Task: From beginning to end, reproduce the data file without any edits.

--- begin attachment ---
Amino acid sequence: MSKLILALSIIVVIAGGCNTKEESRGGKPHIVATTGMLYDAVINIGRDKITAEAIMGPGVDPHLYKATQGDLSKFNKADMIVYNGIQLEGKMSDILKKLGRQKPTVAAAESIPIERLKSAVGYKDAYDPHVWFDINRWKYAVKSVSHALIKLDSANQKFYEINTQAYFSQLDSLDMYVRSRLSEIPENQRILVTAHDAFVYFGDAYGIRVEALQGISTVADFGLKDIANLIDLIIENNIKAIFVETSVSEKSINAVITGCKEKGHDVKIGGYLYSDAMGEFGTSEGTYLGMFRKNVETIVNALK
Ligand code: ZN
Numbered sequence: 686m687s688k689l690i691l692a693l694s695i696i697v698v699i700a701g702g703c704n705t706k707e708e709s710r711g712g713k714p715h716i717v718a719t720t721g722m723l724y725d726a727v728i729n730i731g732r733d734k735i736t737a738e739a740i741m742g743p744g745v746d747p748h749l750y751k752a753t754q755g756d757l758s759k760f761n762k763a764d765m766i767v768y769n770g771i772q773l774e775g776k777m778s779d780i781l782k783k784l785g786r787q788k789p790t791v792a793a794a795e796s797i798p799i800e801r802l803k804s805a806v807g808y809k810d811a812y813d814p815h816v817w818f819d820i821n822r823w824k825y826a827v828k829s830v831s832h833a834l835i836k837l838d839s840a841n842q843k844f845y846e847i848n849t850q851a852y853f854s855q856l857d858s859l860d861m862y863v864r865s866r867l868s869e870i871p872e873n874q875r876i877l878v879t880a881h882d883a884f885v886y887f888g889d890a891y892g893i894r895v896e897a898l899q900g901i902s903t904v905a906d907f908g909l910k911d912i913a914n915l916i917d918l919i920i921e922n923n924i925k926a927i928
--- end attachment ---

Amino acid sequence: MSKLILALSIIVVIAGGCNTKEESRGGKPHIVATTGMLYDAVINIGRDKITAEAIMGPGVDPHLYKATQGDLSKFNKADMIVYNGIQLEGKMSDILKKLGRQKPTVAAAESIPIERLKSAVGYKDAYDPHVWFDINRWKYAVKSVSHALIKLDSANQKFYEINTQAYFSQLDSLDMYVRSRLSEIPENQRILVTAHDAFVYFGDAYGIRVEALQGISTVADFGLKDIANLIDLIIENNIKAIFVETSVSEKSINAVITGCKEKGHDVKIGGYLYSDAMGEFGTSEGTYLGMFRKNVETIVNALK
Ligand code: ZN
Numbered sequence: 686m687s688k689l690i691l692a693l694s695i696i697v698v699i700a701g702g703c704n705t706k707e708e709s710r711g712g713k714p715h716i717v718a719t720t721g722m723l724y725d726a727v728i729n730i731g732r733d734k735i736t737a738e739a740i741m742g743p744g745v746d747p748h749l750y751k752a753t754q755g756d757l758s759k760f761n762k763a764d765m766i767v768y769n770g771i772q773l774e775g776k777m778s779d780i781l782k783k784l785g786r787q788k789p790t791v792a793a794a795e796s797i798p799i800e801r802l803k804s805a806v807g808y809k810d811a812y813d814p815h816v817w818f819d820i821n822r823w824k825y826a827v828k829s830v831s832h833a834l835i836k837l838d839s840a841n842q843k844f845y846e847i848n849t850q851a852y853f854s855q856l857d858s859l860d861m862y863v864r865s866r867l868s869e870i871p872e873n874q875r876i877l878v879t880a881h882d883a884f885v886y887f888g889d890a891y892g893i894r895v896e897a898l899q900g901i902s903t904v905a906d907f908g909l910k911d912i913a914n915l916i917d918l919i920i921e922n923n924i925k926a927i928